what assumptions would we have to uncover  to find discourses about children and childhood in litery textswhat assumptions would we have to uncover  to find discourses about children and...

what assumptions would we have to uncover  to find discourses about children and childhood in litery texts

what assumptions would we have to uncover  to find discourses about children and childhood in litery texts

Asked on by susan139

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clairewait's profile pic

clairewait | High School Teacher | (Level 1) Educator Emeritus

Posted on

If you are looking for discourses about children and childhood in literary texts, you might start with stories actually written for children. They would tend to reflect the contemporaneous assumptions of the time during which they were written. For instance, in the case of fairy tales, many were stories that were cautionary stories designed to direct children's behavior into culturally acceptable norms for the time they were written.  In children's literature, the things children do and act out in the stories will often reflect adults' ideas about how children should behave rather than how they actually do behave.

Even in stories that do not necessarily have children as protagonists, the cultural assumptions about childhood would be present in the particular text. The reader would have to read carefully and extrapolate from clues left by the author.

And, of course, assumptions about childhood and children have changed over the centuries and continue to change. Childhood was not considered an especially important time when, during the Middle Ages, for instance, children didn't have as much of a chance to grow up to adulthood as they do today. Childhood was to be endured; one did not get close to one's children, as they might be taken by illness without a warning.

Our culture prioritizes childhood in a way that many other cultures do not, and it is certainly demonstrated in our literature.

I love this answer.

My first thought in reading your question was to read author's memoirs.  It seems most writers who take the time to write autobiographically - tend to go back as far as childhood.  (Some, in fact, make it the focus.)  I think the underlying assumption there is that it really is our childhood years that end up forming us and who we become.

Even though I think many would agree that some of the biggest lessons in life can be learned at ANY AGE, it seems most people attempt to escape their childhood at some point - and then look back and realize that it is exactly what made them who they are.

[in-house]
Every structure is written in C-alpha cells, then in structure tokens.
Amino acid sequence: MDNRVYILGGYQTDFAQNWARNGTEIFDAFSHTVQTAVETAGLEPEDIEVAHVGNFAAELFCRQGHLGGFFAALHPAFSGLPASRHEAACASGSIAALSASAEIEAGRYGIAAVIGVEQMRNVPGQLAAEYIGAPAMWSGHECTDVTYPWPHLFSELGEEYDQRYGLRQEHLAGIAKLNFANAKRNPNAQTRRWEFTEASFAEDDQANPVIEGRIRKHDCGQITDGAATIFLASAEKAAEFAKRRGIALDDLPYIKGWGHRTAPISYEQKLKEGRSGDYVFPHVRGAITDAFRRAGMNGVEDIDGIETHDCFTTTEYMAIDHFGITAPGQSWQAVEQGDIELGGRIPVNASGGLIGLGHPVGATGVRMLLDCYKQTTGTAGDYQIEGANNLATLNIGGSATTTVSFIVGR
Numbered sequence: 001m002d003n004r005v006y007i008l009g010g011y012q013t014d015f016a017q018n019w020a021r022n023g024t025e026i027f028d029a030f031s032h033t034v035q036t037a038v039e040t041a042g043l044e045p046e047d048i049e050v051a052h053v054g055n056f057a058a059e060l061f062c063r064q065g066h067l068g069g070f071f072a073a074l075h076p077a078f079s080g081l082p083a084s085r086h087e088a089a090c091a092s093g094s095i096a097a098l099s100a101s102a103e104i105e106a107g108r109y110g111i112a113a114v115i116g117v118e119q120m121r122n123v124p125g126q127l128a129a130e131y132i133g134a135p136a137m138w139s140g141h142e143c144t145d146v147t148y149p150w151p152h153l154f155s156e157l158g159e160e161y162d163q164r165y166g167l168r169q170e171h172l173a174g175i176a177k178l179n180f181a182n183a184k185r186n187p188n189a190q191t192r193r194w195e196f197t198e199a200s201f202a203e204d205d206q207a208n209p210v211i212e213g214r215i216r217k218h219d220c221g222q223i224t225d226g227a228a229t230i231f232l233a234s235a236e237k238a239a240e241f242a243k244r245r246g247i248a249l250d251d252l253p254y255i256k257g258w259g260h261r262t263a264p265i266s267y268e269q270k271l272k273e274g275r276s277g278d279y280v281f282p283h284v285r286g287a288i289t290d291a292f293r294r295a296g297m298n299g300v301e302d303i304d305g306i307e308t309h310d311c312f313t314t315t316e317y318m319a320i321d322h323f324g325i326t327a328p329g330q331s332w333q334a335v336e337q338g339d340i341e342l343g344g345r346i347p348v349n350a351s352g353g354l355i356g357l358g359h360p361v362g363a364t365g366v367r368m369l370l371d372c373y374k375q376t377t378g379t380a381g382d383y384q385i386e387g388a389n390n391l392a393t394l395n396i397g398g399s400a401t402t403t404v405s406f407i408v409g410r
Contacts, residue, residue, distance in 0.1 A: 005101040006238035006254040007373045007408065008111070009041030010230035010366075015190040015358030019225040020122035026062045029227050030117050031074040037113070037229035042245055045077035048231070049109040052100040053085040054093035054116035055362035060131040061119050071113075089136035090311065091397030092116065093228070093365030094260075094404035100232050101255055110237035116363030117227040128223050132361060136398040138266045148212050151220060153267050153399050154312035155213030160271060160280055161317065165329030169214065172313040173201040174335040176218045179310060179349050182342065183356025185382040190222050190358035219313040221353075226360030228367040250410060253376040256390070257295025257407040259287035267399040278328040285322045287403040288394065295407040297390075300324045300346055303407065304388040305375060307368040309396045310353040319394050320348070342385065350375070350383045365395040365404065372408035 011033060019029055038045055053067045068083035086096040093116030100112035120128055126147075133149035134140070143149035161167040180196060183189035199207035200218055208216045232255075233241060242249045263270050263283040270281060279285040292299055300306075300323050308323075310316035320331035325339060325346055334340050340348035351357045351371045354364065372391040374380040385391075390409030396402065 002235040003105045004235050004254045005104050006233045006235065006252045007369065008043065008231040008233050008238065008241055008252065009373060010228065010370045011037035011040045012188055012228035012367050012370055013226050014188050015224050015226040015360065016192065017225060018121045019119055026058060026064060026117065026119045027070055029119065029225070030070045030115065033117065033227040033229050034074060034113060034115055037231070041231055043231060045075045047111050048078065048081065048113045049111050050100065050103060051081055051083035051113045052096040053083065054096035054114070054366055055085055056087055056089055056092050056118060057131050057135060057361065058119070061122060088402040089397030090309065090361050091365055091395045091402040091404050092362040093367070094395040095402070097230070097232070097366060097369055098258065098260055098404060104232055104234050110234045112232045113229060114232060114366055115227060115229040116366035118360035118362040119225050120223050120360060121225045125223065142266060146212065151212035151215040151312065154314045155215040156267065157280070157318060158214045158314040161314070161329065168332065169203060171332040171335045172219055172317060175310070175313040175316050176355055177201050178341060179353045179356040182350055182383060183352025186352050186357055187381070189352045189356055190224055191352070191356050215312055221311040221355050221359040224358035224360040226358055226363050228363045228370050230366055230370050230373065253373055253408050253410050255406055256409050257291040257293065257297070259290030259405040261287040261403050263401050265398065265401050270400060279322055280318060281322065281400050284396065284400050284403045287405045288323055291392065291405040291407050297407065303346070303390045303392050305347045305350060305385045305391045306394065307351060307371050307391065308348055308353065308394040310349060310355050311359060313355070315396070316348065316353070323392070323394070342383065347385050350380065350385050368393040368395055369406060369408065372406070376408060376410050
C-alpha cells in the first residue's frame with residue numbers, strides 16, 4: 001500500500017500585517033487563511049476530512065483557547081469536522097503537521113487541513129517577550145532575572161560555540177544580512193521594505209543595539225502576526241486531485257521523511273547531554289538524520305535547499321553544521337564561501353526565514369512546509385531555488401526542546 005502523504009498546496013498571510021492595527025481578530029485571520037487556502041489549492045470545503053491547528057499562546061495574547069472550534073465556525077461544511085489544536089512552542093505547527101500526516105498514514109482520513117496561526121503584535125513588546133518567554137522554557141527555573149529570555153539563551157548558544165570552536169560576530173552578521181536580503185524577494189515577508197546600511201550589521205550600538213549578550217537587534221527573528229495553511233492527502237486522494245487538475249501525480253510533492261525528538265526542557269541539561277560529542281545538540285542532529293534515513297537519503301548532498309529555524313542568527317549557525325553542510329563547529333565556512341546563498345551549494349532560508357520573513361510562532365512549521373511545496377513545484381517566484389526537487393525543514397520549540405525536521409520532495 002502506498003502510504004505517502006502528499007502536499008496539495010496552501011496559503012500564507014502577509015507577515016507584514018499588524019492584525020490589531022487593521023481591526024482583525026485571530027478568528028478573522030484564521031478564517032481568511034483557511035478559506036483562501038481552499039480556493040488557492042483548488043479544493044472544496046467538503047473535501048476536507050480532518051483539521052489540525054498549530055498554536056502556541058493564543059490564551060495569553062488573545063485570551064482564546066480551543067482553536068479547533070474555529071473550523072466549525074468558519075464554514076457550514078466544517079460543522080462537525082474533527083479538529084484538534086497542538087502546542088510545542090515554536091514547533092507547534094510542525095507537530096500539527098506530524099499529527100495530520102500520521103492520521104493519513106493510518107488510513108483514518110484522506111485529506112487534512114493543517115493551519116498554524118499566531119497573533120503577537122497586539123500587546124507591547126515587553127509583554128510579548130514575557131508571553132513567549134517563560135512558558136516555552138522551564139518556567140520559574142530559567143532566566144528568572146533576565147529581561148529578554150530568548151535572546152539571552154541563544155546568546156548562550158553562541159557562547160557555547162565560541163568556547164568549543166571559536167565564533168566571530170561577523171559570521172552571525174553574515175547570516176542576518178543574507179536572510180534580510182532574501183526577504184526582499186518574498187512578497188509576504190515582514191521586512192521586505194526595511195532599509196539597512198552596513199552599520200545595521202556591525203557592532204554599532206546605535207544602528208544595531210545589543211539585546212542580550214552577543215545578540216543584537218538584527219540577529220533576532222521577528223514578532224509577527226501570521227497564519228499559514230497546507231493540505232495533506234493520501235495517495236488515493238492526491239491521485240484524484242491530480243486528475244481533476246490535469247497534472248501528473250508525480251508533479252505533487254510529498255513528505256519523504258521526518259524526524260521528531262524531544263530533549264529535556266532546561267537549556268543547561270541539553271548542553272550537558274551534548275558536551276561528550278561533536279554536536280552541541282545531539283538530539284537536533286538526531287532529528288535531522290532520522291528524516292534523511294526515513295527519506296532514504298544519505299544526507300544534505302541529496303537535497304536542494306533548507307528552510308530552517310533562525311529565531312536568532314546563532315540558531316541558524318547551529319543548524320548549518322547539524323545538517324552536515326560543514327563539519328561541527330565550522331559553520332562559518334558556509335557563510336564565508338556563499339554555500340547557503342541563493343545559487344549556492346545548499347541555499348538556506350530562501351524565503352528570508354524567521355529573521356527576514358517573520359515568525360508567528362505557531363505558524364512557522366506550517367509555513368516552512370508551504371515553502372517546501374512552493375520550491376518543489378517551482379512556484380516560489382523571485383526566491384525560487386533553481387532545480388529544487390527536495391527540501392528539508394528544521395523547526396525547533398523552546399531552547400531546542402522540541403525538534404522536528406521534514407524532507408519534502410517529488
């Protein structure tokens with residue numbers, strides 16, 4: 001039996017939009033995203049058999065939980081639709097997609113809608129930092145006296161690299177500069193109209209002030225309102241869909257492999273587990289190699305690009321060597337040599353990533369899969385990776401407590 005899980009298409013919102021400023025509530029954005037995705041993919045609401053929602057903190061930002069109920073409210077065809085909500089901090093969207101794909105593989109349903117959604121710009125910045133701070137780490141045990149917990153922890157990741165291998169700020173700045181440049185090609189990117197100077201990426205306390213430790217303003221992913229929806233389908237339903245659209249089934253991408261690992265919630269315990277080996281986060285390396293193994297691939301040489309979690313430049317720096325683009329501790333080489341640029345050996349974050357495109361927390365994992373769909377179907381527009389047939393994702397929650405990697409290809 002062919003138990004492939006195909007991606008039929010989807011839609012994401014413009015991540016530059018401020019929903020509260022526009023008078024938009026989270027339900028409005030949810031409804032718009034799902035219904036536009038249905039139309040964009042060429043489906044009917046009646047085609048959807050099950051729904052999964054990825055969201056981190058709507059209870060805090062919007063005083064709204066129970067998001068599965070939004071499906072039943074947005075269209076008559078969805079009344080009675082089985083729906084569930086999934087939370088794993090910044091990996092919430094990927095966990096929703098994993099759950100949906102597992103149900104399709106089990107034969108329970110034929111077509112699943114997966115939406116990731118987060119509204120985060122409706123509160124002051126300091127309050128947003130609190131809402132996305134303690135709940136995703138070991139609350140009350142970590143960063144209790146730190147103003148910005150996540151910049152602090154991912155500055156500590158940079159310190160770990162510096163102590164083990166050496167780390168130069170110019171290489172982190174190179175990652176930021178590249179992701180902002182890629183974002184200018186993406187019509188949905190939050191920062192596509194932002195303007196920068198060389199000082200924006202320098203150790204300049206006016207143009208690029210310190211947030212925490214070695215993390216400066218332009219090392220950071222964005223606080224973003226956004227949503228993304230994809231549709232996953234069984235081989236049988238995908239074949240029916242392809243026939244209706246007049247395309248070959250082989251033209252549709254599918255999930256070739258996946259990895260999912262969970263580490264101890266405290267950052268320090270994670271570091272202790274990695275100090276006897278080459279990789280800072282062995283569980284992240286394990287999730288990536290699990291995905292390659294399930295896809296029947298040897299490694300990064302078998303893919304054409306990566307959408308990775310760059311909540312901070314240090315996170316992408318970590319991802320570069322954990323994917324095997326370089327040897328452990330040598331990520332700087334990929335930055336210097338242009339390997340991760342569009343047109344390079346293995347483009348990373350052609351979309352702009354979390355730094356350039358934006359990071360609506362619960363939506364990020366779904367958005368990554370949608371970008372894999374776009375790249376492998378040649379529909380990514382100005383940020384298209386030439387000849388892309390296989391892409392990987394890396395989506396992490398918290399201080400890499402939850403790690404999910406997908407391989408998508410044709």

sensei918's profile pic

sensei918 | College Teacher | (Level 1) Associate Educator

Posted on

If you are looking for discourses about children and childhood in literary texts, you might start with stories actually written for children. They would tend to reflect the contemporaneous assumptions of the time during which they were written. For instance, in the case of fairy tales, many were stories that were cautionary stories designed to direct children's behavior into culturally acceptable norms for the time they were written.  In children's literature, the things children do and act out in the stories will often reflect adults' ideas about how children should behave rather than how they actually do behave.

Even in stories that do not necessarily have children as protagonists, the cultural assumptions about childhood would be present in the particular text. The reader would have to read carefully and extrapolate from clues left by the author.

And, of course, assumptions about childhood and children have changed over the centuries and continue to change. Childhood was not considered an especially important time when, during the Middle Ages, for instance, children didn't have as much of a chance to grow up to adulthood as they do today. Childhood was to be endured; one did not get close to one's children, as they might be taken by illness without a warning.

Our culture prioritizes childhood in a way that many other cultures do not, and it is certainly demonstrated in our literature.

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